While we all say we want our children to be happy in their lives, there is very little time spent in schools or modern child rearing which is focused on that outcome. There is no evidence that an admission letter to an Ivy League school is going to lead to a greater sense of satisfaction in life but we seem to pursue it as the highest level of recognition for the 18-years of effort that we call parenting.

Management Guru Marshall Goldsmith and daughter/collaborator Kelly Goldsmith have conducted a study to identify the sources of satisfaction in life.  While we all say we want our children to be happy in their lives, there is very little time spent in schools or modern child rearing which is focused on that outcome. There is no evidence that an admission letter to an Ivy League school is going to lead to a greater sense of satisfaction in life but we seem to pursue it as the highest level of recognition for the 18-years of effort that we call parenting.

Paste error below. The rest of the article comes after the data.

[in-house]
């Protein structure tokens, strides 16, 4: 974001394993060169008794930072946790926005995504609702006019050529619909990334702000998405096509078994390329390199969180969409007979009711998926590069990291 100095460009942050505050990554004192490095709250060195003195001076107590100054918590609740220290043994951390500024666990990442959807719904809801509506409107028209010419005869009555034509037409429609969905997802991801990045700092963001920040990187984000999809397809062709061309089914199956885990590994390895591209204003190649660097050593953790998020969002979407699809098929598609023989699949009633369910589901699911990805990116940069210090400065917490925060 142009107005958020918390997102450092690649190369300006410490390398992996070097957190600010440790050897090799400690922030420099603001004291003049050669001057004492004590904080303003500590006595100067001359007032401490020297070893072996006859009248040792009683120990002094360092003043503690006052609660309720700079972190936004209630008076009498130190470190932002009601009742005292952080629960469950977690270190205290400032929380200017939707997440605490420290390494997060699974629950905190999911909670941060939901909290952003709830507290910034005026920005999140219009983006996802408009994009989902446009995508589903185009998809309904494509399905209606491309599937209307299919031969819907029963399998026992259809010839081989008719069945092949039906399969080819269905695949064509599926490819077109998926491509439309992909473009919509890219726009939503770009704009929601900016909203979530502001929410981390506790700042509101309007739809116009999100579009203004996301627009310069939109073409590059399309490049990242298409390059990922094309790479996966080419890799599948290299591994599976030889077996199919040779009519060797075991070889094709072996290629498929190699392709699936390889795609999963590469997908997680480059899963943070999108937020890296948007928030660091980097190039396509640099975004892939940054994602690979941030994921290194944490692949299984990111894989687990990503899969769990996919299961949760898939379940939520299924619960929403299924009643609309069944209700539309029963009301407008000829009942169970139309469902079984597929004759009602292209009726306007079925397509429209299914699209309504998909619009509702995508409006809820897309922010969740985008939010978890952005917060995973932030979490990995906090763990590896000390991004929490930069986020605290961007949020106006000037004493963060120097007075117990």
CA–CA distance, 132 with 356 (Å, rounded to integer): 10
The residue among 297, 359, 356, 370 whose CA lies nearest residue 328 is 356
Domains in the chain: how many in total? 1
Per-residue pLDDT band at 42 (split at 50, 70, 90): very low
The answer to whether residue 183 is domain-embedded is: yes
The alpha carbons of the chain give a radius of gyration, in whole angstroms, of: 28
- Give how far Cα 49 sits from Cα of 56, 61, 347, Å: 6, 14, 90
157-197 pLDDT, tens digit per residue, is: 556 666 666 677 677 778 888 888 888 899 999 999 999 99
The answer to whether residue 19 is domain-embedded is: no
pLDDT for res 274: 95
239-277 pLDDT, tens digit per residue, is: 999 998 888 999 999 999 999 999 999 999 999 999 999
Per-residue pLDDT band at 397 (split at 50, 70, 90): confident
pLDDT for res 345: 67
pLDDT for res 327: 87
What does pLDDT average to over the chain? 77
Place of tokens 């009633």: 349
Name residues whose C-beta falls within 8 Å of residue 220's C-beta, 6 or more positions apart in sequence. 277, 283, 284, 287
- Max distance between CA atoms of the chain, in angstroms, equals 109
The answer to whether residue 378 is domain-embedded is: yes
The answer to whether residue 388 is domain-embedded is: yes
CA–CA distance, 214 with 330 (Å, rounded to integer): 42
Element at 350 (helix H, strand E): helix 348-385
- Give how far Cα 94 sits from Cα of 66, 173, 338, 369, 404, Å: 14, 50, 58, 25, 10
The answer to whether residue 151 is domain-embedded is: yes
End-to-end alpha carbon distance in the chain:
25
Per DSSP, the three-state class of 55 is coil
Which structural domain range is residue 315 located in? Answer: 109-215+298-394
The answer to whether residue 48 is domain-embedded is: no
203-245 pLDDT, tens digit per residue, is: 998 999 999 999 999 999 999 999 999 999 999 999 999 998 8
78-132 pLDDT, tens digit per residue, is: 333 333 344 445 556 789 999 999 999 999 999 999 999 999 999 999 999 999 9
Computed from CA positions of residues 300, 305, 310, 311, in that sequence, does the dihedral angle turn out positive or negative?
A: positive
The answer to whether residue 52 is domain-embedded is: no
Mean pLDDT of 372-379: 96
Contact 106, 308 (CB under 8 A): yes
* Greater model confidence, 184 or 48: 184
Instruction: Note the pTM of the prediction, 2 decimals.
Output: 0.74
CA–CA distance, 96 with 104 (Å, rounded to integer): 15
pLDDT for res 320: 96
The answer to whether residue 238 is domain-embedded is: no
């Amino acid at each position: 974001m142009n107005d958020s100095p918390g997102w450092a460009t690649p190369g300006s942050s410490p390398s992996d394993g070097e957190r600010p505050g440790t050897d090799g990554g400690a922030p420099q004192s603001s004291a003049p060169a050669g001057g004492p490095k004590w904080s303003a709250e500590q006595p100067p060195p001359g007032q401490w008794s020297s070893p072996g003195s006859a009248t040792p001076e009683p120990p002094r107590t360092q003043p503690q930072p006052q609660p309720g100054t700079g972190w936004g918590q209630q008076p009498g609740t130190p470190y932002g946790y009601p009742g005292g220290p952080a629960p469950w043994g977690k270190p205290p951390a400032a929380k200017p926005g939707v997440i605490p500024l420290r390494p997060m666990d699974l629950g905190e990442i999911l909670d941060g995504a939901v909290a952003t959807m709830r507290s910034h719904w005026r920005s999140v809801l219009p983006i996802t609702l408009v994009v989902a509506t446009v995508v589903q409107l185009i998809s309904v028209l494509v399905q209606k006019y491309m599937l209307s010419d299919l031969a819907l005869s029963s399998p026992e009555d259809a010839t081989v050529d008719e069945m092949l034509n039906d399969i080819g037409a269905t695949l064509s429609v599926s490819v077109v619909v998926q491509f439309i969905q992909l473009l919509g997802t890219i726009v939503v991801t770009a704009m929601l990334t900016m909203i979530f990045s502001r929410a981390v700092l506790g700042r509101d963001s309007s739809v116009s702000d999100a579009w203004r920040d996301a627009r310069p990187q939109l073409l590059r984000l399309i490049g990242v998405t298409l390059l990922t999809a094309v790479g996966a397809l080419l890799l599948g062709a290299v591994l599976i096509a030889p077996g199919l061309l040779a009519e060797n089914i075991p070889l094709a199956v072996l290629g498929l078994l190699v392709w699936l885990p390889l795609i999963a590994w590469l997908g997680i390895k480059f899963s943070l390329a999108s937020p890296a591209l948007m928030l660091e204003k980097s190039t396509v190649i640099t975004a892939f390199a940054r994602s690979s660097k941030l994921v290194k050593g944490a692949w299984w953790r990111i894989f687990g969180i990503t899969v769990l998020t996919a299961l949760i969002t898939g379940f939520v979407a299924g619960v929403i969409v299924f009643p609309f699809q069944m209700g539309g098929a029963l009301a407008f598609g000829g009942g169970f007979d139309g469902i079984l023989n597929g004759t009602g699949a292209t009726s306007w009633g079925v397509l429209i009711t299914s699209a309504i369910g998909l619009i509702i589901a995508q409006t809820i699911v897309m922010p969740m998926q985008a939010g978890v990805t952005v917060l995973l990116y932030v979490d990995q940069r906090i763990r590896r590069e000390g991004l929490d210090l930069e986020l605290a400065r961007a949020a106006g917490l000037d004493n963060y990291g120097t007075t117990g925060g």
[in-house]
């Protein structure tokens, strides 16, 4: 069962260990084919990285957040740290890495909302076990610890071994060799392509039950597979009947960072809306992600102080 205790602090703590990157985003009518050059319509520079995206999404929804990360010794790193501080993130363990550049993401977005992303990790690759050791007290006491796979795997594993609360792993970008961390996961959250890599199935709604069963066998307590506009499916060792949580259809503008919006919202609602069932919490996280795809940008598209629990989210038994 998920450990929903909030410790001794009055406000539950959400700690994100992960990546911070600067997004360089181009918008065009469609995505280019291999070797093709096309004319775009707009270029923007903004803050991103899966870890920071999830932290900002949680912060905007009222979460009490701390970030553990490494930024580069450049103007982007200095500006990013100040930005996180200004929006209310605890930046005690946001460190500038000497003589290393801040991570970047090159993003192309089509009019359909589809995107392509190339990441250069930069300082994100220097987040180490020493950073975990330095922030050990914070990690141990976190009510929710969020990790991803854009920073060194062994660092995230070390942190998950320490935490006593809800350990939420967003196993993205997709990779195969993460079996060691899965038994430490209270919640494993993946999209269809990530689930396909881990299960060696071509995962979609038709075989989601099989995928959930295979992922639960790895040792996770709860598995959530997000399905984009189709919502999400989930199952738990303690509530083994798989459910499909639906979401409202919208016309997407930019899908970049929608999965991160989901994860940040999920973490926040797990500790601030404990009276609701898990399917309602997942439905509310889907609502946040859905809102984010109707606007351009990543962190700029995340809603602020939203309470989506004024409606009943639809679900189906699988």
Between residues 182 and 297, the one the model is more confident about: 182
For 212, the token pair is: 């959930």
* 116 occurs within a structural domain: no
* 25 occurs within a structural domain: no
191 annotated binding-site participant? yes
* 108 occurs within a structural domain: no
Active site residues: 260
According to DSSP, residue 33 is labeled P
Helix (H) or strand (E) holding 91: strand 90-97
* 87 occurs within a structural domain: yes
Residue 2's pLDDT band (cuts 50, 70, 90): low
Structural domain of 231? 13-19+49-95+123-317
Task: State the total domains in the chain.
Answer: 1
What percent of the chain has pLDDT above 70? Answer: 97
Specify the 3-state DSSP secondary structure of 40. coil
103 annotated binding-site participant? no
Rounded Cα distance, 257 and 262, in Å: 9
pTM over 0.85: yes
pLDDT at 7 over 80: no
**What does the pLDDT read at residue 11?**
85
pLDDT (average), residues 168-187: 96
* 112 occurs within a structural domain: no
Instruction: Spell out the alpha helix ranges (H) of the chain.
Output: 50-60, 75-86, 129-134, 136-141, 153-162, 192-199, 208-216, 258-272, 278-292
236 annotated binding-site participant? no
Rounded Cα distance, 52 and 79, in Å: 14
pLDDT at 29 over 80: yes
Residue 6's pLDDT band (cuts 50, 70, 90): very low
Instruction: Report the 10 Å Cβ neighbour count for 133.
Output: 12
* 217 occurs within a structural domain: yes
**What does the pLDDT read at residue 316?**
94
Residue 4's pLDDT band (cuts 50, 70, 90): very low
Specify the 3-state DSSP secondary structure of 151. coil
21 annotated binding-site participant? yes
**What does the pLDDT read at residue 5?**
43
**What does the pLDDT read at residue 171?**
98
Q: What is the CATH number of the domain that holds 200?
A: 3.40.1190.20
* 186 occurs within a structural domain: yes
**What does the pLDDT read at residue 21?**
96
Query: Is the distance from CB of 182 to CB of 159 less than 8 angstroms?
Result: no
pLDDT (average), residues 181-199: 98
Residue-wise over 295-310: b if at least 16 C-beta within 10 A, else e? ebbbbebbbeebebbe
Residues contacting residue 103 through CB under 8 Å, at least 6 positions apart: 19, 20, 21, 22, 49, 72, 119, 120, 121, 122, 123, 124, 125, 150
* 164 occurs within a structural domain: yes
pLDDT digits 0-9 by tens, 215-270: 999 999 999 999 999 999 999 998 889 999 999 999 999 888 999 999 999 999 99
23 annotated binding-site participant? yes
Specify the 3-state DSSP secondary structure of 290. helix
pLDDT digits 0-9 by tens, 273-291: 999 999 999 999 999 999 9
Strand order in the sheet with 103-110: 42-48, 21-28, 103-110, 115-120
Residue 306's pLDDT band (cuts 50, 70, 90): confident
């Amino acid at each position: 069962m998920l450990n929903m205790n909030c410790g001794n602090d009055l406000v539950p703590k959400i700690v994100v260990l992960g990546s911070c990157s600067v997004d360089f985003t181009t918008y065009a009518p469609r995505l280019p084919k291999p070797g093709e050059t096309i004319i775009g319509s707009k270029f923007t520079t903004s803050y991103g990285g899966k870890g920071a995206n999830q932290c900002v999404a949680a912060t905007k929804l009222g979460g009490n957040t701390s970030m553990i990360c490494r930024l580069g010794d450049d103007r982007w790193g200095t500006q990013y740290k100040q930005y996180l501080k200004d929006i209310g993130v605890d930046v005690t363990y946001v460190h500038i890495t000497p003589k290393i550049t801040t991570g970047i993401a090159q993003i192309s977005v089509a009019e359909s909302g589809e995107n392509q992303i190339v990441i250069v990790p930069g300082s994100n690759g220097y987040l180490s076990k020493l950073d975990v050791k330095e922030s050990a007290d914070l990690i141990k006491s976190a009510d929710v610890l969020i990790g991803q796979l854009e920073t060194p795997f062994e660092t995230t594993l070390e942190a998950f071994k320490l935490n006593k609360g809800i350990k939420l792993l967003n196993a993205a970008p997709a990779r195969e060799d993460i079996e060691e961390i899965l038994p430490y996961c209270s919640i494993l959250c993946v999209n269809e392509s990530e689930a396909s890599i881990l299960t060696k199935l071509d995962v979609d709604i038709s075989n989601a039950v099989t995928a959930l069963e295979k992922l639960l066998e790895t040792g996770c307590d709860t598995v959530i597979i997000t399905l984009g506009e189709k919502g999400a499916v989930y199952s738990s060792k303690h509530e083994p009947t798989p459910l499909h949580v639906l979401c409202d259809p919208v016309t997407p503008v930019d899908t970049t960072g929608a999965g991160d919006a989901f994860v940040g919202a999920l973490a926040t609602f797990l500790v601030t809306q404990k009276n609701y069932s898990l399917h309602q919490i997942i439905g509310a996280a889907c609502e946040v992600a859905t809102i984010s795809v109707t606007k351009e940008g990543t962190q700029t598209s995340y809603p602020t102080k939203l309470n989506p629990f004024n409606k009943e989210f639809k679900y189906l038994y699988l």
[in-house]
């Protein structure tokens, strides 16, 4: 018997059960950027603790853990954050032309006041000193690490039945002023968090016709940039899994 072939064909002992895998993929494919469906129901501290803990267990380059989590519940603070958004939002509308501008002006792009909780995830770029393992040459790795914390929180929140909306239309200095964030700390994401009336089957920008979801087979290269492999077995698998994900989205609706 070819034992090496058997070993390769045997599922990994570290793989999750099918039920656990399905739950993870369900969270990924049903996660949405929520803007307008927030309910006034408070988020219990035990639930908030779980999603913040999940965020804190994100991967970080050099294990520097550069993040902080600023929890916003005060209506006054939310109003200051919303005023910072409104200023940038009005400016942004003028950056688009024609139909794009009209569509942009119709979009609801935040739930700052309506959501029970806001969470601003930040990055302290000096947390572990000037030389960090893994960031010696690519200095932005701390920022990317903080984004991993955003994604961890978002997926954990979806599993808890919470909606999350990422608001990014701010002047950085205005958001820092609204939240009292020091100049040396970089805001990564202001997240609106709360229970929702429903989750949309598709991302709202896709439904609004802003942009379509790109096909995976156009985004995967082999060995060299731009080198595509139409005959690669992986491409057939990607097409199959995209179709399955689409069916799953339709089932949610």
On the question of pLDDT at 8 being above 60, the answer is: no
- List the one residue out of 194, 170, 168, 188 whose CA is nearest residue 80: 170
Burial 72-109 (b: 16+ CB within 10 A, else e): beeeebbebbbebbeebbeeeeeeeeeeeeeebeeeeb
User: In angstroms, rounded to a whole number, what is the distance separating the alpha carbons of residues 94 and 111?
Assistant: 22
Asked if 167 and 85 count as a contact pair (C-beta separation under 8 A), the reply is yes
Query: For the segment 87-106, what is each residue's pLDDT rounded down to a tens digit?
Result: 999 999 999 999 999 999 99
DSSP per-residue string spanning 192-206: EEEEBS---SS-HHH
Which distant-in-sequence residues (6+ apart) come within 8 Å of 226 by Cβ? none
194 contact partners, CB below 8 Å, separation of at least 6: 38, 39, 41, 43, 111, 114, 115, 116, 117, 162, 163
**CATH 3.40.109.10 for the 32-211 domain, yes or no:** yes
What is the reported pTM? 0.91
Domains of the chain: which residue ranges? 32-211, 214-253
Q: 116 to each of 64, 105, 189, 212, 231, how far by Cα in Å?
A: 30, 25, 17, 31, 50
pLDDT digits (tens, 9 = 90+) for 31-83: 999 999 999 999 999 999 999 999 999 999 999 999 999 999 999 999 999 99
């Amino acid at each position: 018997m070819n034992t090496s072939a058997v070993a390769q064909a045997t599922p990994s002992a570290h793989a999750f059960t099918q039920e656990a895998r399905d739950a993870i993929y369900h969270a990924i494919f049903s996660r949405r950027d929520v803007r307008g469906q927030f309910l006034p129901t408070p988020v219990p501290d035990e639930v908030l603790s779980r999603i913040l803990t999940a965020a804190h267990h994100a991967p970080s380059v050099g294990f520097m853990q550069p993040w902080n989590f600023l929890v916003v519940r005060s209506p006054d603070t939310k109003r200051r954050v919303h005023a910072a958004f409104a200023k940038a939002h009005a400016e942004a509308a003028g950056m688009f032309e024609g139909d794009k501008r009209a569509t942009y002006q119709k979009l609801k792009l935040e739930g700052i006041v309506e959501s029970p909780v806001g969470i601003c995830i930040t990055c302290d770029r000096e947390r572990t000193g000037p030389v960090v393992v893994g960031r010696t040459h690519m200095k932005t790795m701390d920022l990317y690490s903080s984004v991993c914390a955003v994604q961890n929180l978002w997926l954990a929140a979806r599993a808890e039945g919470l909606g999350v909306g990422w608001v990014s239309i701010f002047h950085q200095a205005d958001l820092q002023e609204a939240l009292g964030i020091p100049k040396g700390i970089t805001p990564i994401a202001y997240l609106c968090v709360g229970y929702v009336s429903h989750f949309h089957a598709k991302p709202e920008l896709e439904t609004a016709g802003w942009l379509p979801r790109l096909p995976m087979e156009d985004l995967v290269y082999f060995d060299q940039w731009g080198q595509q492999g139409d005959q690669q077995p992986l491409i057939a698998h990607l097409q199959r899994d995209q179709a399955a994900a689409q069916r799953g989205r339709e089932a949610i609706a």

Here are a few quick conclusions from their research:
  1. Watch Less TV.
  2. Web Surf less for non-professional reasons
  3. Do fewer chores
  4. Spend time with people you love
  5. Challenge Youself
In different but related news, Dutch researchers have found that travelers returning from vacation are no happier than those who stayed at work.  But the anticipation of vacation made them happier in the days and weeks before the big trip.

The Dutch are known for being happy people.  Hmm.  Maybe we should book vacations and cancel them at the last minute.  We'll enjoy the happy runup to the event and then save boatloads of cash.